Neurogenic Bladder

What is a neurogenic bladder?
A neurogenic bladder is a loss of normal control of bladder function caused by damaged nerves. There are 2 kinds of neurogenic bladder problems: overactive and underactive.

If you have an overactive bladder, you are not able to control when or how much you urinate.

If you have an underactive bladder, it holds much more urine than normal. Because you cannot feel when the bladder is full, you leak small amounts of urine as bladder pressure builds.

How does it occur?
Nerves and the muscles of the urinary system work together to hold urine in the bladder and then release it when you go to the bathroom. Nerves tell the brain when the bladder is full. The nerves carry messages from the brain to the muscles of the bladder, telling the muscles either to tighten or to release. In a neurogenic bladder, the nerves that carry these messages do not work properly.

Neurogenic bladder may be caused by:

      • injuries or birth defects that affect the brain or spinal cord
      • diabetes
      • polio
      • Parkinson’s disease
      • multiple sclerosis
      • infection
      • strokes
      • heavy metal poisoning.

With an overactive or underactive bladder, you may not be able to empty your bladder completely. Urine that is held too long before being eliminated may lead to infections of the bladder or ureters. (The ureters are the tubes that go from each kidney to the bladder). Urine may back up into the kidneys and damage them.

What are the symptoms?
The symptoms of neurogenic bladder and the infections it can cause are similar to those of other medical problems. See your health care provider if you have symptoms such as:

      • leaking or dribbling urine
      • a frequent and urgent need to urinate
      • pain or burning when urinating
      • pain in the lower pelvis, stomach, lower back, or side
      • change in the amount you urinate, either more or less
      • chills
      • fever.

How is it diagnosed?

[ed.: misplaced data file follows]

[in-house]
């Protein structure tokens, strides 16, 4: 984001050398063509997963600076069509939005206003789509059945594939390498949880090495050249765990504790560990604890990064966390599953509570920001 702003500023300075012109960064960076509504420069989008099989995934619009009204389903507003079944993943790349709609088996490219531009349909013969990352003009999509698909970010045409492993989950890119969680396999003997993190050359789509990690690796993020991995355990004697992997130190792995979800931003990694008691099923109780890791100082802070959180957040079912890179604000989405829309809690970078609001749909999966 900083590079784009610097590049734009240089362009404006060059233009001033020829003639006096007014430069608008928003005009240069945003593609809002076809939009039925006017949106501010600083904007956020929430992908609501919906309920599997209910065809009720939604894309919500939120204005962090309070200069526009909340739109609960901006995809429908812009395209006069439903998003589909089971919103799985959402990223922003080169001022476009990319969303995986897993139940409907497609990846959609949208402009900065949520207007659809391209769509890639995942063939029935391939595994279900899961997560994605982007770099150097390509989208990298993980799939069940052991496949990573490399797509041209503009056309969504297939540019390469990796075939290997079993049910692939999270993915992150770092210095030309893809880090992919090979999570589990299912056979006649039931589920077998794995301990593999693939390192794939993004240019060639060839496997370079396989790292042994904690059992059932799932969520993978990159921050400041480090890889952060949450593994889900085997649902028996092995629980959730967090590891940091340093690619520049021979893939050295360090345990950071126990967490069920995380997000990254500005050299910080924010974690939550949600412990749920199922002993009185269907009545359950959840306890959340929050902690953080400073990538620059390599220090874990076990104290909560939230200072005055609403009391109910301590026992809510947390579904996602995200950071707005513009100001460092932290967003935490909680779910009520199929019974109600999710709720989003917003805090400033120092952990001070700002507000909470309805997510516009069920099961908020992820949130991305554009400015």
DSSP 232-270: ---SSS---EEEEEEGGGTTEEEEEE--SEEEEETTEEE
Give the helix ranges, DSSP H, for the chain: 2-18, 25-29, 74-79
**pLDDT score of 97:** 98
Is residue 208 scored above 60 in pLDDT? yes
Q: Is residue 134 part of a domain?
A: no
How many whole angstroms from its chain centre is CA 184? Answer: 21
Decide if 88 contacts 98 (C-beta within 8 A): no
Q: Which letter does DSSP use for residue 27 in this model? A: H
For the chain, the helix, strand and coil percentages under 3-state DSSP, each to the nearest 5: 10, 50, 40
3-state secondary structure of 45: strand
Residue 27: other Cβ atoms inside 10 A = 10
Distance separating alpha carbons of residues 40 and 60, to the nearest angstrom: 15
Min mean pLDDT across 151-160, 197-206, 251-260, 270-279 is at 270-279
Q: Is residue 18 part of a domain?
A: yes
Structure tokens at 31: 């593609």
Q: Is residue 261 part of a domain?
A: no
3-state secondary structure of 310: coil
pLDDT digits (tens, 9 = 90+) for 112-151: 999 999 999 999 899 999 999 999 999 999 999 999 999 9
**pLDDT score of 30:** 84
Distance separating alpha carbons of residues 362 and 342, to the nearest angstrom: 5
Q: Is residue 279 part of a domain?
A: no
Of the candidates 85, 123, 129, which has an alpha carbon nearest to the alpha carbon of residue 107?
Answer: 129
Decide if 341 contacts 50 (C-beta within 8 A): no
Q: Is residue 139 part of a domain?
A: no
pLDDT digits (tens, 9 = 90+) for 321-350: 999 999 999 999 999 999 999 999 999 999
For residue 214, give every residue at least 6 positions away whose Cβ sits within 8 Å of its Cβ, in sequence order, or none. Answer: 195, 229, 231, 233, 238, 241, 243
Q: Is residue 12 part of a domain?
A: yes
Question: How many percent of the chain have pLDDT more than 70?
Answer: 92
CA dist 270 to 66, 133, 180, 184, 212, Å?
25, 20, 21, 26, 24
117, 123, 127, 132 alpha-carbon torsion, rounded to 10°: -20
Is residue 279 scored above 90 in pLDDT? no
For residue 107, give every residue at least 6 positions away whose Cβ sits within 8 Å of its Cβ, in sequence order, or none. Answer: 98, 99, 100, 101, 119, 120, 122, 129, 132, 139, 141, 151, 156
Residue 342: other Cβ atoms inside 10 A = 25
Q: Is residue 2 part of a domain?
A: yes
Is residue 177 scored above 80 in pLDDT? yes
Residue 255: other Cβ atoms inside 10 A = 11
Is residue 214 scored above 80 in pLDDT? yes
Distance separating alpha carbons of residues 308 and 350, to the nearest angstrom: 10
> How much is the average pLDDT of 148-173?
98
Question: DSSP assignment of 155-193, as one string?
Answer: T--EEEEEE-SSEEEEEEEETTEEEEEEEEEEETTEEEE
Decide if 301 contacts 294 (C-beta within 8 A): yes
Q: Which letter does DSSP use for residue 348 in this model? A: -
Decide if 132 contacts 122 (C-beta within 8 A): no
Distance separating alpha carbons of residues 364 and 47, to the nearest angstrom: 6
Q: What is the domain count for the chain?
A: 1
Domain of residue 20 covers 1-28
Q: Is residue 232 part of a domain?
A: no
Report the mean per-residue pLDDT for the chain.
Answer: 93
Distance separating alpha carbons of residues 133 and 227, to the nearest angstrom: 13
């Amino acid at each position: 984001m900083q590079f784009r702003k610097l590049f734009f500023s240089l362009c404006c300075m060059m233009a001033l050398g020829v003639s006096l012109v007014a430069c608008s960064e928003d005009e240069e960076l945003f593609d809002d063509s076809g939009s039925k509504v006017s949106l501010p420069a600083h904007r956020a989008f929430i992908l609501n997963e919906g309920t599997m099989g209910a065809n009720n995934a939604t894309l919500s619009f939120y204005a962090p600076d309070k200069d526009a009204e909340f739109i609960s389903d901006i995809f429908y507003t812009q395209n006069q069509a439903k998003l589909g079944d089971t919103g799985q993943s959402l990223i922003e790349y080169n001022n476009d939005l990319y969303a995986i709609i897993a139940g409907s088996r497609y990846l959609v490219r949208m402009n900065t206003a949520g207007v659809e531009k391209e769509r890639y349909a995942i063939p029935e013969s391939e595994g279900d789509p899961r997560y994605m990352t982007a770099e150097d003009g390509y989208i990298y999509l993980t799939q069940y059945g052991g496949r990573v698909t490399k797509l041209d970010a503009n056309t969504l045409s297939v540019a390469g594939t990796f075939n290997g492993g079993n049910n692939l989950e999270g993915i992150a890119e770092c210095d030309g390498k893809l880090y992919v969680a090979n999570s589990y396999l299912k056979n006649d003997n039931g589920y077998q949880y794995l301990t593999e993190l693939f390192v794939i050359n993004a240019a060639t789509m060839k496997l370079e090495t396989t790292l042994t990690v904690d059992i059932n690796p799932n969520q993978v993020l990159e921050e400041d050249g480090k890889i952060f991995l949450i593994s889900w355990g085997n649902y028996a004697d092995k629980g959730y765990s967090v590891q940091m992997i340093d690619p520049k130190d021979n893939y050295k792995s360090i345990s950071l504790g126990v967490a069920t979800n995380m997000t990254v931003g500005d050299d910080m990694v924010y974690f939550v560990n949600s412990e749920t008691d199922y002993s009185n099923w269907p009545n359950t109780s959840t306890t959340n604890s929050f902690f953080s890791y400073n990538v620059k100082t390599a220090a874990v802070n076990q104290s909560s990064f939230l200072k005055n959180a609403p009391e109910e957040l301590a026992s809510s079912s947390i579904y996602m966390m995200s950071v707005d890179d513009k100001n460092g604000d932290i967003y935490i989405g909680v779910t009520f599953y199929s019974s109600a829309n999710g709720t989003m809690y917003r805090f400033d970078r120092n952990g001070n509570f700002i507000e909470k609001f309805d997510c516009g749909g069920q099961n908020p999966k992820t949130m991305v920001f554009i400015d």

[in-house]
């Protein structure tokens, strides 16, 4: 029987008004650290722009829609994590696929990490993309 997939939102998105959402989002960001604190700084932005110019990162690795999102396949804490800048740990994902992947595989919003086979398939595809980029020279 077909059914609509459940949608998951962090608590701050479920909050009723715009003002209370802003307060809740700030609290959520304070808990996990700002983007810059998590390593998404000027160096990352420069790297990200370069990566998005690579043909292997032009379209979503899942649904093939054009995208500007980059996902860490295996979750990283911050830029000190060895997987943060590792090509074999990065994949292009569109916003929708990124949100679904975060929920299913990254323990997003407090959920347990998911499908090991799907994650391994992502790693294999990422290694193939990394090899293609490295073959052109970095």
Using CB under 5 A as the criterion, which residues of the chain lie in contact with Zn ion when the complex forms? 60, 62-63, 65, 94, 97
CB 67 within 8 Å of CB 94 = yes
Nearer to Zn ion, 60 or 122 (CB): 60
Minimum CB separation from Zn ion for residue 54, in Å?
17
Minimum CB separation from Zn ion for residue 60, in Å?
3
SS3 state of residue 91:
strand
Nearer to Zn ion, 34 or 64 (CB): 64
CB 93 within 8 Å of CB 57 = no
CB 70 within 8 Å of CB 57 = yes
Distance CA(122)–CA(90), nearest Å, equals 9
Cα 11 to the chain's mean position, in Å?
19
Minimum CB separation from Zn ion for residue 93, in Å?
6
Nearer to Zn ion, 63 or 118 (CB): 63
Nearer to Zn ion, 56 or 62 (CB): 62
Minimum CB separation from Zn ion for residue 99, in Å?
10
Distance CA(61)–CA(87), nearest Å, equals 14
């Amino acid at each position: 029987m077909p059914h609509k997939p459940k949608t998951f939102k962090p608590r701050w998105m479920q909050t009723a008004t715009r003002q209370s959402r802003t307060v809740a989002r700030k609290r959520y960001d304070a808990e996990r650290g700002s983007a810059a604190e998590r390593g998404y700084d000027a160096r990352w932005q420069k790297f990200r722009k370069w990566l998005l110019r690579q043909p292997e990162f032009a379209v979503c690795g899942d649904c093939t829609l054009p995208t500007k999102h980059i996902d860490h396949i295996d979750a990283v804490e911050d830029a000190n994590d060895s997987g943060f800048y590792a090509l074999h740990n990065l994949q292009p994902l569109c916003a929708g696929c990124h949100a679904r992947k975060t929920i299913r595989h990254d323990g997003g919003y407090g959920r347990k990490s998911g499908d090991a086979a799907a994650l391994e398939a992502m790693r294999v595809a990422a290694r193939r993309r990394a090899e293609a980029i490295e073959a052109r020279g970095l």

Your health care provider will ask about your symptoms and will examine you. A sample of your urine may be tested. Your provider may test your nervous system (including the brain) and your bladder. These tests may include:

      • x-rays of the skull and spine
      • x-rays of the bladder and ureters
      • EEG, a test that uses wires taped to your forehead to check for dysfunctions in the brain
      • CMG (cystometrogram), a test that involves filling the bladder to see how much it can hold and checking to see if the bladder empties completely.

How is it treated?
Treatment of a neurogenic bladder depends on:

      1. the type of bladder problems that you have
      2. the cause of the nerve damage
      3. your age, overall health, and medical history
      4. how severe your symptoms are.

Medicine may help control your symptoms. If you have an overactive bladder, your health care provider may prescribe drugs that relax the bladder, such as propantheline (Pro-Banthine) and oxybutynin (Ditropan). If you have an underactive bladder, you may be given a drug that stimulates a certain type of nerves. An example of such a drug is bethanechol (Urecholine). You may need to take antibiotics to prevent infections.

Long-term treatment for neurogenic bladder may include:

      1. Insertion of a catheter (thin tube) to empty the bladder. A small rubber catheter may be inserted 4 to 6 times a day to empty the bladder. This is called intermittent catheterization. A continuous catheter is another option. Continuous catheters are also called indwelling catheters. They empty the bladder continuously into a collection bag.
      2. Surgery to create an artificial sphincter. For this procedure, an artificial cuff is placed around the neck of the bladder. This cuff can be inflated to prevent urinary leakage and deflated when it is time to empty the bladder. You will still need intermittent catheterization to completely empty the bladder.
      3. Sacral nerve stimulation (SNS). For SNS, a small wire is inserted through the skin in the area around the tailbone. The wire stimulates the nerves to empty the bladder.
      4. Sling surgery. The surgeon creates a new support system, either from your own tissues or by using synthetic materials, to hold the neck of the bladder in the proper position and prevent leakage.

 How long do the effects last?

You will need treatment for the rest of your life.

How can I take care of myself?

Follow your health care provider’s advice on how much fluid you should drink.

Carefully follow your instructions for self-catheterization. This will help to prevent infections.

Contact your health care provider right away if:

You have symptoms such as:

      1. sweating, headache, and dizziness that do not go away after you empty your bladder
      2. fever of 101°F or higher
      3. worsening pain for several hours in the back or bladder area